The Early Modern Commons

Search Results for "Elizabeth Murray Campbell Smith Inman"

Your search for posts with tags containing Elizabeth Murray Campbell Smith Inman found 8 posts

“I will take your Body and I will Tar it”

When I was posting about Henry Barnes’s conflict with his Marlborough neighbors in the summer of 1770, I looked for the text of the anonymous threatening letter he reported receiving in late June. But I couldn’t find that text and had to settle...
From: Boston 1775 on 11 Aug 2020

“Mary makes and sells Tea-Kettles and Coffee pots”

As recounted in yesterday’s posting, by the end of 1735 Mary Jackson had reopened her husband James’s braziery shop a few weeks after he died at sea.Mary Jackson had two sons under age five to provide for, and, according to accounts she later...
From: Boston 1775 on 4 Jan 2019

Anna Green Winslow’s Cold Christmas Eve

On 24 Dec 1771 twelve-year-old Anna Green Winslow sat down to write a letter to her mother in Halifax. Anna was living with an aunt in Boston for the better educational opportunities. Of course that meant private lessons, not the town schools, since she...
From: Boston 1775 on 24 Dec 2018

“No appointment of this sort could have been more unpopular”

As described last week, on 26 Oct 1768 Gov. Francis Bernard told his Council that the royal army had started renting buildings around the center of Boston to convert into barracks.That news couldn’t have come as a surprise to the Boston Whigs. Three...
From: Boston 1775 on 7 Nov 2018

Women to Meet at the Shirley-Eustis House this Spring

This spring the Shirley-Eustis House in Roxbury is hosting a series of first-person interpretive presentations on women of Revolutionary Boston and later periods. Sunday, 22 March, 2:00 P.M.Meet Phillis WheatleyValerie Link Foxx kicks off the series...
From: Boston 1775 on 19 Mar 2015

An American Artist in London

Yesterday I quoted a Boston News-Letter advertisement about a black man making portraits in Boston in 1773. I also noted how Prince Demah (Barnes) painted William Duguid in February 1773, according to a note on the back of that portrait, acquired just...
From: Boston 1775 on 18 Feb 2015

A Look at Loyalist Ladies from Common-place

Common-place has a couple of new articles on Loyalists in the American Revolution. The first is from Prof. Kacy Tillman at the University of Tampa: “What is a Female Loyalist?”Female Loyalists, like their male counterparts, are typically defined as...
From: Boston 1775 on 20 Aug 2013

What Upset Deborah Putnam?

After Gen. George Washington organized the Continental Army into brigades in late July 1775, Gen. Israel Putnam moved into the Ralph Inman mansion in east Cambridge. He had already stationed his son Daniel there with instructions to see that Elizabeth...
From: Boston 1775 on 18 Nov 2012

Notes on Post Tags Search

By default, this searches for any categories containing your search term: eg, Tudor will also find Tudors, Tudor History, etc. Check the 'exact' box to restrict searching to categories exactly matching your search. All searches are case-insensitive.

This is a search for tags/categories assigned to blog posts by their authors. The terminology used for post tags varies across different blog platforms, but WordPress tags and categories, Blogspot labels, and Tumblr tags are all included.

This search feature has a number of purposes:

1. to give site users improved access to the content EMC has been aggregating since August 2012, so they can look for bloggers posting on topics they're interested in, explore what's happening in the early modern blogosphere, and so on.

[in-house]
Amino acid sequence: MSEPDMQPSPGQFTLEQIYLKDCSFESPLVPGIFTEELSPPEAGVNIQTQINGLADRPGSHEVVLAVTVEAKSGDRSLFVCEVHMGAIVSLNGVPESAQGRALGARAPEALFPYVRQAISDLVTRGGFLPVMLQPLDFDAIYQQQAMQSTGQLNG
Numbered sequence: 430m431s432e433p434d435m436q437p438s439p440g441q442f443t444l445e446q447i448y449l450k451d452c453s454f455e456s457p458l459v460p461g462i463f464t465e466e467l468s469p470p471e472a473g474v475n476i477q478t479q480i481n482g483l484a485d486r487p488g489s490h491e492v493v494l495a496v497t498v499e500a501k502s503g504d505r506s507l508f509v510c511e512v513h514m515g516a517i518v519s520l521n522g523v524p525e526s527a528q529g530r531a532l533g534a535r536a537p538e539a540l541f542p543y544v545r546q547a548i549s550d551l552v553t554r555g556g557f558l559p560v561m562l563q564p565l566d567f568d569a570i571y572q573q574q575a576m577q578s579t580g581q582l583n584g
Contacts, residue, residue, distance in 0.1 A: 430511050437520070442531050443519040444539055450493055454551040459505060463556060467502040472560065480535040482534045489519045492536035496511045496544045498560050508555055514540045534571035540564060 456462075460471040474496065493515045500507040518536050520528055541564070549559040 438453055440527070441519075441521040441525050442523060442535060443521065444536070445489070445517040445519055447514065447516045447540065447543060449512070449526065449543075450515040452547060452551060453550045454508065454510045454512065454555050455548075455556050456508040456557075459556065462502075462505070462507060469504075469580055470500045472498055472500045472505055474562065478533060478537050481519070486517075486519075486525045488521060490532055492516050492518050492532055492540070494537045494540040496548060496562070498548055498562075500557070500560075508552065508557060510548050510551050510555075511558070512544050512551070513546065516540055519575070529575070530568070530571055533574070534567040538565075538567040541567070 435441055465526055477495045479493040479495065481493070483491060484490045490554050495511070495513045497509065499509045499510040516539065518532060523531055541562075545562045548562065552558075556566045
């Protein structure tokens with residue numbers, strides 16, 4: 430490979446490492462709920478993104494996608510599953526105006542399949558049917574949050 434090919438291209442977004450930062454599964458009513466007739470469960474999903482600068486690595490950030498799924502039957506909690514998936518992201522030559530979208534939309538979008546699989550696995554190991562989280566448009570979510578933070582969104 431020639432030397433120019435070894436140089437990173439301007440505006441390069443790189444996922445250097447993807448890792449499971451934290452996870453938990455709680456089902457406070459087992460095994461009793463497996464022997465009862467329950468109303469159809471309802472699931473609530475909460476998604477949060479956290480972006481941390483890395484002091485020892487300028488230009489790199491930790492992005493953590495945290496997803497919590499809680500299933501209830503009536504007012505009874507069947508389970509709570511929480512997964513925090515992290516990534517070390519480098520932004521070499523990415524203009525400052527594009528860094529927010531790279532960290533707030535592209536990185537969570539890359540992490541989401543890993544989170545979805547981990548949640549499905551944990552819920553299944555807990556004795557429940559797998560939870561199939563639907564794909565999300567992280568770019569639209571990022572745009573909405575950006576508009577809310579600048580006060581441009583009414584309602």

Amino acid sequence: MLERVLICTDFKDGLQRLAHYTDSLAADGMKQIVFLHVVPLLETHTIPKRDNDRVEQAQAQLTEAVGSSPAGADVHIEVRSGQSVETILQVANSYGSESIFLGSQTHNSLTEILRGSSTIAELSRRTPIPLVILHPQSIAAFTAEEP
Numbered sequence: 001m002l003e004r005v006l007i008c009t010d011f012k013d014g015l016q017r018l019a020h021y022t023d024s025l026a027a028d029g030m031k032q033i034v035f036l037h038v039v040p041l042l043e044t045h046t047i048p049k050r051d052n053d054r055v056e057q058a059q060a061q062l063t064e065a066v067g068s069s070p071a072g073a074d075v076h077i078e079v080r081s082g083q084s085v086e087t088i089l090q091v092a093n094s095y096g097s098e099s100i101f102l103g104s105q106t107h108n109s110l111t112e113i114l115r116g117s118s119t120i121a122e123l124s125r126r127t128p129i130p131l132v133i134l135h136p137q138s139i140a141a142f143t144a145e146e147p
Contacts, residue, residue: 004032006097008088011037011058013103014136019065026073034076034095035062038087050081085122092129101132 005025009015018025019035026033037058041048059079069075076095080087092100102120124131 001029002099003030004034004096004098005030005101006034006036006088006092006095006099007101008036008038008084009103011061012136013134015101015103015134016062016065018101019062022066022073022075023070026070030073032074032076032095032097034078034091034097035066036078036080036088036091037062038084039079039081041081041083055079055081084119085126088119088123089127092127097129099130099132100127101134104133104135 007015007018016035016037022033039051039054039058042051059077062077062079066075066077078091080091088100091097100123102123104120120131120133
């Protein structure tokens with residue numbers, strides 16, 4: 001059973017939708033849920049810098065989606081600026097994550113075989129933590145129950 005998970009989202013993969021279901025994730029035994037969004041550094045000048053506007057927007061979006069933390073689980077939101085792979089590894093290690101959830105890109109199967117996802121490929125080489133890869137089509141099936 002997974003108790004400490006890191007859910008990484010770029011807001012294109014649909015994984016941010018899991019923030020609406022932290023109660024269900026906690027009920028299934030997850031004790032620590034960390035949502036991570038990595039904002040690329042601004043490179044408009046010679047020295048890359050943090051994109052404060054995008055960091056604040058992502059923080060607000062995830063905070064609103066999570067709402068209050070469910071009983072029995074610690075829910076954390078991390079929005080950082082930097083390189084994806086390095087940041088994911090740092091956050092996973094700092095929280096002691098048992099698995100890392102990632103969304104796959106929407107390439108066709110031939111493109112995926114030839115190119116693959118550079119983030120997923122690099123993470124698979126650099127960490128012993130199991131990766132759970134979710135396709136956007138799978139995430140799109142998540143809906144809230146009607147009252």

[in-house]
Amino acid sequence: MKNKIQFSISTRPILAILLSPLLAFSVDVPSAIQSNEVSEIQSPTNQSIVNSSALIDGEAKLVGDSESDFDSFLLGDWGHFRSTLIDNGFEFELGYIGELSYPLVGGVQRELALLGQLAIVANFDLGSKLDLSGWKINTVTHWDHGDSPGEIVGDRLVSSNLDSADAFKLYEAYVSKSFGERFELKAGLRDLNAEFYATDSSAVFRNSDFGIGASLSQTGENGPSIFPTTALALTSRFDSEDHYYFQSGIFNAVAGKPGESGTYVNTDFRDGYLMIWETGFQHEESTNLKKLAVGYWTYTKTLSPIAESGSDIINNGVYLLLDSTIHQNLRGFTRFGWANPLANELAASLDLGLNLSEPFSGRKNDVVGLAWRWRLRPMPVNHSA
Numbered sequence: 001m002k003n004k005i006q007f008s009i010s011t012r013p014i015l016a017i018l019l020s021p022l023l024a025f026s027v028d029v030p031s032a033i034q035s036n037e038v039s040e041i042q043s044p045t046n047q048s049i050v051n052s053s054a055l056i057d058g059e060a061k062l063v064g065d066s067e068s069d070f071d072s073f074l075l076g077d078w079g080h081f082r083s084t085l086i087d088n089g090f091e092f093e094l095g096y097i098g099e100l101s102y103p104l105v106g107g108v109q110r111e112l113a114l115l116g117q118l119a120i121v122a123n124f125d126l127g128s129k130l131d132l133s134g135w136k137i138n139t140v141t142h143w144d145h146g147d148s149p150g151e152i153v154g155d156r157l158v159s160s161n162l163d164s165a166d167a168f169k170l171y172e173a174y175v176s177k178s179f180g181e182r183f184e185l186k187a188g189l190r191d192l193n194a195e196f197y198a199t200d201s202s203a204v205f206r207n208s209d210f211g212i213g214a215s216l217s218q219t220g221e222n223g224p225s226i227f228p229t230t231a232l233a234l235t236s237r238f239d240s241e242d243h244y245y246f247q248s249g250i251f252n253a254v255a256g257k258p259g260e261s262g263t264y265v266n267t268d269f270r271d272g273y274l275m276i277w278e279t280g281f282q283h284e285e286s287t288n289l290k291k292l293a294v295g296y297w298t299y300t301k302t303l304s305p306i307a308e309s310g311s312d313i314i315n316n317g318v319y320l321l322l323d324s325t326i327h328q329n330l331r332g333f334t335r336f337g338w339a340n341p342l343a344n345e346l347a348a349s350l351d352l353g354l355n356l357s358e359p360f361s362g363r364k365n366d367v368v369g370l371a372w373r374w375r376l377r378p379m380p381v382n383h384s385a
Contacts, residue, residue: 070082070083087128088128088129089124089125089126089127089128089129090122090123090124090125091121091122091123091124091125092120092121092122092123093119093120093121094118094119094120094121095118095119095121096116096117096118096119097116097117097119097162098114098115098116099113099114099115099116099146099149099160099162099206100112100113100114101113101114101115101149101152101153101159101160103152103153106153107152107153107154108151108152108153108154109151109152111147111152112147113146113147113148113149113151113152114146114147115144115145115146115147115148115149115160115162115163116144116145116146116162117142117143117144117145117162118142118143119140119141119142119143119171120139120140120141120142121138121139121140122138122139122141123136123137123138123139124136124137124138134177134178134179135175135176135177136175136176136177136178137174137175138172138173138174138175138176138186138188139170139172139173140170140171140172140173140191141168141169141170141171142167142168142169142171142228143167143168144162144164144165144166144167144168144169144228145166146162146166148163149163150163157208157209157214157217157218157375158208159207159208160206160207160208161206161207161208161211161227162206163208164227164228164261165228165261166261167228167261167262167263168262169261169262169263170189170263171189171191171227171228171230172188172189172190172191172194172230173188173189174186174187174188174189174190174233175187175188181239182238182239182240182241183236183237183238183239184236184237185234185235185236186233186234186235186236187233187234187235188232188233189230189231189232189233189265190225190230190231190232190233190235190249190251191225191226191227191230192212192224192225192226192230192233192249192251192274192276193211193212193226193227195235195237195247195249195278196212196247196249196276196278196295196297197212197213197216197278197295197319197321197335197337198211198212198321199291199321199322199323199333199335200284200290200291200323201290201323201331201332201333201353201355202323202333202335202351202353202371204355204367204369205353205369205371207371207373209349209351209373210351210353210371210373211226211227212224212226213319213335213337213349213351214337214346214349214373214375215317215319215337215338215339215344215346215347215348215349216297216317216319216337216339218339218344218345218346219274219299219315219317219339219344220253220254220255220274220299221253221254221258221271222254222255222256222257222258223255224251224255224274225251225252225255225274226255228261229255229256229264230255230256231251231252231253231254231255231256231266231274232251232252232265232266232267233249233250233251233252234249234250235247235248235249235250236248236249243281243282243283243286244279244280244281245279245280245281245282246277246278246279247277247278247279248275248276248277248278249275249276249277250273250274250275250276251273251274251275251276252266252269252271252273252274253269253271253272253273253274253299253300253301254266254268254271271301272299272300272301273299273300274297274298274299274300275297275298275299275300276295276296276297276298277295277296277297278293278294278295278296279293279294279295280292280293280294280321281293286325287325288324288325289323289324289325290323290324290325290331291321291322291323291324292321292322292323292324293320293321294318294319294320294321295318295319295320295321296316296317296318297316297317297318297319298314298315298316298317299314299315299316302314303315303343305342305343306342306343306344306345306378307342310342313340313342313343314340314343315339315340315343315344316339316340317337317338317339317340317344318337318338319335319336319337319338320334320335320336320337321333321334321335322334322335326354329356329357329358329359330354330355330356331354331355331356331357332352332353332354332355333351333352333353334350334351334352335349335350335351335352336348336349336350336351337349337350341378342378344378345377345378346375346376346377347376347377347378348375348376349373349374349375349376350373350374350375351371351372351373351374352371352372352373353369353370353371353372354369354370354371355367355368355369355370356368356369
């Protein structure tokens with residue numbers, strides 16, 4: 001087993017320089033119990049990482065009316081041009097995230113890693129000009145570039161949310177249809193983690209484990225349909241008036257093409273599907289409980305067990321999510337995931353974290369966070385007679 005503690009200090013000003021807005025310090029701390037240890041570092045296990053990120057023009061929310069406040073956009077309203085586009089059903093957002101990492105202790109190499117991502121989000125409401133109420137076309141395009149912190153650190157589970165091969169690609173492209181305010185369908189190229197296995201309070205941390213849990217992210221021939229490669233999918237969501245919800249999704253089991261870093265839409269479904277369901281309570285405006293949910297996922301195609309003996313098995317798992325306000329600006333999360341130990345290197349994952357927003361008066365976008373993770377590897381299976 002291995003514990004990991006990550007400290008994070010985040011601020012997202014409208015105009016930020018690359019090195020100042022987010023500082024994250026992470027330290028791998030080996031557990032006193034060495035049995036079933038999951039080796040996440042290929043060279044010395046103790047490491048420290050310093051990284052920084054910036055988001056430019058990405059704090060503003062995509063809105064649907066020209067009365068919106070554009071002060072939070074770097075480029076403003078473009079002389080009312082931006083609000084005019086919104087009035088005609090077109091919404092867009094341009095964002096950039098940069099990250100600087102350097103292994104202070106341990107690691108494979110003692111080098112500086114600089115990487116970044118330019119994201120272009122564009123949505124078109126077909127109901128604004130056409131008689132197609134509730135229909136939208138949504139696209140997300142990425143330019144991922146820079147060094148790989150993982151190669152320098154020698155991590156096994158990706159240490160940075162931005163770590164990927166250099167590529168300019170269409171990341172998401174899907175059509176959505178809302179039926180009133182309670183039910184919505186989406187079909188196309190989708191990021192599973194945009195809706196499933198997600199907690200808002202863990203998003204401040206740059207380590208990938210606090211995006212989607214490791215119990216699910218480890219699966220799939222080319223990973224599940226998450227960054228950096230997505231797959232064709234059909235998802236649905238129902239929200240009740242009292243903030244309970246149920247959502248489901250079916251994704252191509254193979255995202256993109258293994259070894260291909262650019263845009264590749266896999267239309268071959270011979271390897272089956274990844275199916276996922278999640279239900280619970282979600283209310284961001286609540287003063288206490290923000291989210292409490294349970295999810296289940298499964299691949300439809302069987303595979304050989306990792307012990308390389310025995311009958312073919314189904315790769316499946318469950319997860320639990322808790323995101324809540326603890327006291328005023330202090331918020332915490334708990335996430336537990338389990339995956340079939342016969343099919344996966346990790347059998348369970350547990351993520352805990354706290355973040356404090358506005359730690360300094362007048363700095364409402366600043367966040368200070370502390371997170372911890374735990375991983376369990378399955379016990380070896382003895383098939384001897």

2. to facilitate and encourage the proactive use of post categories/tags by groups of bloggers with shared interests. All searches can be bookmarked for reference, making it possible to create useful resources of blogging about specific news, topics, conferences, etc, in a similar fashion to Twitter hashtags. Bloggers could agree on a shared tag for posts, or an event organiser could announce one in advance, as is often done with Twitter hashtags.

Caveats and Work in Progress

This does not search post content, and it will not find any informal keywords/hashtags within the body of posts.

If EMC doesn't find any <category> tags for a post in the RSS feed it is classified as uncategorized. These and any <category> 'uncategorized' from the feed are omitted from search results. (It should always be borne in mind that some bloggers never use any kind of category or tag at all.)

This will not be a 'real time' search, although EMC updates content every few hours so it's never very far behind events.

The search is at present quite basic and limited. I plan to add a number of more sophisticated features in the future including the ability to filter by blog tags and by dates. I may also introduce RSS feeds for search queries at some point.

Constructing Search Query URLs

If you'd like to use an event tag, it's possible to work out in advance what the URL will be, without needing to visit EMC and run the search manually (though you might be advised to check it works!). But you'll need to use URL encoding as appropriate for any spaces or punctuation in the tag (so it might be a good idea to avoid them).

This is the basic structure:

http://emc.historycarnival.org/searchcat?s={search term or phrase}

For example, the URL for a simple search for categories containing London:

http://emc.historycarnival.org/searchcat?s=london

The URL for a search for the exact category Gunpowder Plot:

http://emc.historycarnival.org/searchcat?s=Gunpowder%20Plot&exact=on

In this more complex URL, %20 is the URL encoding for a space between words and &exact=on adds the exact category requirement.

I'll do my best to ensure that the basic URL construction (searchcat?s=...) is stable and persistent as long as the site is around.